World's largest steam locomotive draws large crowds in Chicago area

WEST CHICAGO, Ill. (WLS) -- The world's largest steam-powered locomotive is rolling its way through Chicago's suburbs, and drawing large crowds everywhere it goes.

It's called the "Big Boy," and it's trekking "The Great Race Across the Midwest."

Enthusiasts can come see the locomotive up close all weekend in West Chicago.

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The world's largest steam locomotive traveled through Chicago to honor the 150 year anniversary of the First Transcontinental Railroad, which forever changed American commerce, travel and communication.



It's just one of 25 steam engines built by Union Pacific in the 1940s. The "Big Boy" weighs in at 1.2 million pounds and is 133 feet long.

"This is a living exhibit of American history and machinery and it is just awesome to see," said Chris Goebel.

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The world's largest steam locomotive is coming through the Chicago area tomorrow. And if you're close enough, you'll feel it coming.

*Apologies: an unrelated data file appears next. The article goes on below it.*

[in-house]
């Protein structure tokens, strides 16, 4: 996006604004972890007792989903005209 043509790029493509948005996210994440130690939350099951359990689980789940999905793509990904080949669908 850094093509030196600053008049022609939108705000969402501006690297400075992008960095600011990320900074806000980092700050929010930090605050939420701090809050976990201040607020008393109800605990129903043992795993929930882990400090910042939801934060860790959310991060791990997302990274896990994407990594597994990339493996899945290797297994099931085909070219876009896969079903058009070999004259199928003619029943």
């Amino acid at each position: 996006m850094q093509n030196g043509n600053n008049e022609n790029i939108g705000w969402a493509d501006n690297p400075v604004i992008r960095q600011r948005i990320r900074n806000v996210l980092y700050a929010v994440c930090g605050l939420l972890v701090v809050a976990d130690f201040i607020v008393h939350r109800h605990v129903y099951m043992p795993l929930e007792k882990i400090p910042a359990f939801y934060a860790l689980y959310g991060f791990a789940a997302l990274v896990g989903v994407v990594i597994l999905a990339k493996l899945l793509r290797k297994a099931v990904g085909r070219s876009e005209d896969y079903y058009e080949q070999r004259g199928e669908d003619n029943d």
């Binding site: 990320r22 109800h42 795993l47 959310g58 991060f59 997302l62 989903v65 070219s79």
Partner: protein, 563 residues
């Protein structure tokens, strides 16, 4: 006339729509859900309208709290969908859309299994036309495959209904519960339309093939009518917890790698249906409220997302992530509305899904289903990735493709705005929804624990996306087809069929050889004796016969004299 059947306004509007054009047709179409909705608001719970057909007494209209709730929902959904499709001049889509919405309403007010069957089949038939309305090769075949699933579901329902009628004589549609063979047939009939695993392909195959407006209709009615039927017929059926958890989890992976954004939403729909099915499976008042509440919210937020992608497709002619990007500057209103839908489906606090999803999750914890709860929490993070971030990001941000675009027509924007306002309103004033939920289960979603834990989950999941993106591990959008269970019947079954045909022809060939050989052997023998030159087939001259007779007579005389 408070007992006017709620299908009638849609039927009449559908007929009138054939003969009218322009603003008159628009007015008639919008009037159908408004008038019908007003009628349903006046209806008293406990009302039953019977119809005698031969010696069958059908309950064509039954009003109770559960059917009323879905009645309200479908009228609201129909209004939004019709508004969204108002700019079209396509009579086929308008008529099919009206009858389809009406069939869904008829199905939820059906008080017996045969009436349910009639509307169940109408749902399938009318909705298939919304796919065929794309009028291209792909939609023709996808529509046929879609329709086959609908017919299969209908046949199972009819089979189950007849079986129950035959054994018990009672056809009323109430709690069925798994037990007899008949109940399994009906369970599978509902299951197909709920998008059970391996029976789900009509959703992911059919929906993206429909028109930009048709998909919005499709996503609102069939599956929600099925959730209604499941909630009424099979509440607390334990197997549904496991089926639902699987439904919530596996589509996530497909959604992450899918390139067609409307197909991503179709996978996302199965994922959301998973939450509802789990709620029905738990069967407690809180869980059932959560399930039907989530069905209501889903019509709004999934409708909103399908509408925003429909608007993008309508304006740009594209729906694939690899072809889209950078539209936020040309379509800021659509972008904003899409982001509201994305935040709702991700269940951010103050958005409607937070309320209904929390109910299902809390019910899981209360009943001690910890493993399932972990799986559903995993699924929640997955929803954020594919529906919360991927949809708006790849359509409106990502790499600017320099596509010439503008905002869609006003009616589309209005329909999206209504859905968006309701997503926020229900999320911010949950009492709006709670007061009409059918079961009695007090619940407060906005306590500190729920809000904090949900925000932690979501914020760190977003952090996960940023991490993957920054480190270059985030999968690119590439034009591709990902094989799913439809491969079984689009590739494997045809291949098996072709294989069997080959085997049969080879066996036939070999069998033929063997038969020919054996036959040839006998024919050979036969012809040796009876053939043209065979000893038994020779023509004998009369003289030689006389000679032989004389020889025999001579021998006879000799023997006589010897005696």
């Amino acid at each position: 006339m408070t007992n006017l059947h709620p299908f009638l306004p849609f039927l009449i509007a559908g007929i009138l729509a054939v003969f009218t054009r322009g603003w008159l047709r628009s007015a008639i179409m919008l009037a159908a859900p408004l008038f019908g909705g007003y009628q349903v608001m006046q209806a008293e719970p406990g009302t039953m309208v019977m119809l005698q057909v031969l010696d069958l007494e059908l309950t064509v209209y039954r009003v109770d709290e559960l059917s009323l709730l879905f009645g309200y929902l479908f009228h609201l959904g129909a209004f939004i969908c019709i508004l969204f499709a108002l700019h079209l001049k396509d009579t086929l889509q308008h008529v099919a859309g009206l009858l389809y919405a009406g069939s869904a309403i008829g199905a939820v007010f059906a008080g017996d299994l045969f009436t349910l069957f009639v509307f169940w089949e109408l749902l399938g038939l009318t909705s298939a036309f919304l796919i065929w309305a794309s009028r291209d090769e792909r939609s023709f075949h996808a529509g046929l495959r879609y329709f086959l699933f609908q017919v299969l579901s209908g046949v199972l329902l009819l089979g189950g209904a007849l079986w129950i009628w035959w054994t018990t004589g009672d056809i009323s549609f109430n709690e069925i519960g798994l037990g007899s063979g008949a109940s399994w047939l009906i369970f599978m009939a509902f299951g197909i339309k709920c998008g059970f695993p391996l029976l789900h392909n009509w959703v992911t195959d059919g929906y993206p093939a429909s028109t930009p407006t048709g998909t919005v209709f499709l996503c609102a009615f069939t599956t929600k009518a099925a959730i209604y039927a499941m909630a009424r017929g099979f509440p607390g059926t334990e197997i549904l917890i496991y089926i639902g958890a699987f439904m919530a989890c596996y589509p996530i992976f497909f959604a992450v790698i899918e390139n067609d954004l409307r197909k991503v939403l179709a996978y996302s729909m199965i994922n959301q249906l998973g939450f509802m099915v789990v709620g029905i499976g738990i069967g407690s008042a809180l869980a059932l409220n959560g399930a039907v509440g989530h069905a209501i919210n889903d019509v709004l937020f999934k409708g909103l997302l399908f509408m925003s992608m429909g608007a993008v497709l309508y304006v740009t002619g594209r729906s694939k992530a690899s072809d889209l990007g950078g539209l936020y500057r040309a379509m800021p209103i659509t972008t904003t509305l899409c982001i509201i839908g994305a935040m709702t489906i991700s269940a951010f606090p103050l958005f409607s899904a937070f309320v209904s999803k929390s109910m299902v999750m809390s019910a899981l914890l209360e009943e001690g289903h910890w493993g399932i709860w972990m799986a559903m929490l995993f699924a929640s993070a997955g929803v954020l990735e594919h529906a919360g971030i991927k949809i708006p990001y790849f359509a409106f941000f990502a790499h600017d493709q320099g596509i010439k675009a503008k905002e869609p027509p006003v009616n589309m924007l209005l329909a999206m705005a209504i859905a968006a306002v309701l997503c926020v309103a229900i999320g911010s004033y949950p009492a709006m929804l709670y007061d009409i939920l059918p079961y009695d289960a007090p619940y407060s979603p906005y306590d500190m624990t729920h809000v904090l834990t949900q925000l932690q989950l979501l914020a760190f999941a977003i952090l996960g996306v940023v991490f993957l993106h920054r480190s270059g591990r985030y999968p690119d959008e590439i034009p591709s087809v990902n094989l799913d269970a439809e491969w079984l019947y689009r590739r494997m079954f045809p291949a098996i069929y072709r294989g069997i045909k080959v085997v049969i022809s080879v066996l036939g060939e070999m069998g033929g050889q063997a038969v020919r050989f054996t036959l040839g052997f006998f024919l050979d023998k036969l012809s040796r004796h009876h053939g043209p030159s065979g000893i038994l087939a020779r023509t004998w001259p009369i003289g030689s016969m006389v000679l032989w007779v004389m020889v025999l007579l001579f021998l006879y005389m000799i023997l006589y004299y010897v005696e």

The last time a "Big Boy" locomotive was in operation was 60 years ago.

"I wish my mother was here to see it," said Regina Smith. "I am sure she remembered these from the '40s."

After departing from Butler, Wis., at 8 a.m., the train traveled through Wadsworth, Northbrook, Des Plaines, Elmhurst, and Wheaton and before ending up in West Chicago Friday afternoon, where it will be on display this weekend.

"Railroads, they're just this modern big network, but they are operating behind the scenes, kind of in the background of our lives and we don't really realize the vital role that railroad play," said Ed Dickens, locomotive engineer.

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The Union Pacific is celebrating 150 years since the completion of the Transcontinental Railroad.


Park Ridge resident Bob Halston, 92, said he could feel the machine's power.

"It almost blew me off this chair," he said.

Halston made the event a family affair.

"My dad was always a rail fan," said St. Charles resident Mike Halston, Bob Halston's son. "He would chase trains, when we were kids he would bring us out. So this time, we brought him out."

Some people said they took time off from work to come get a glimpse of this big piece of history.

You can track the steam locomotive as it moves through the Midwest by clicking here.
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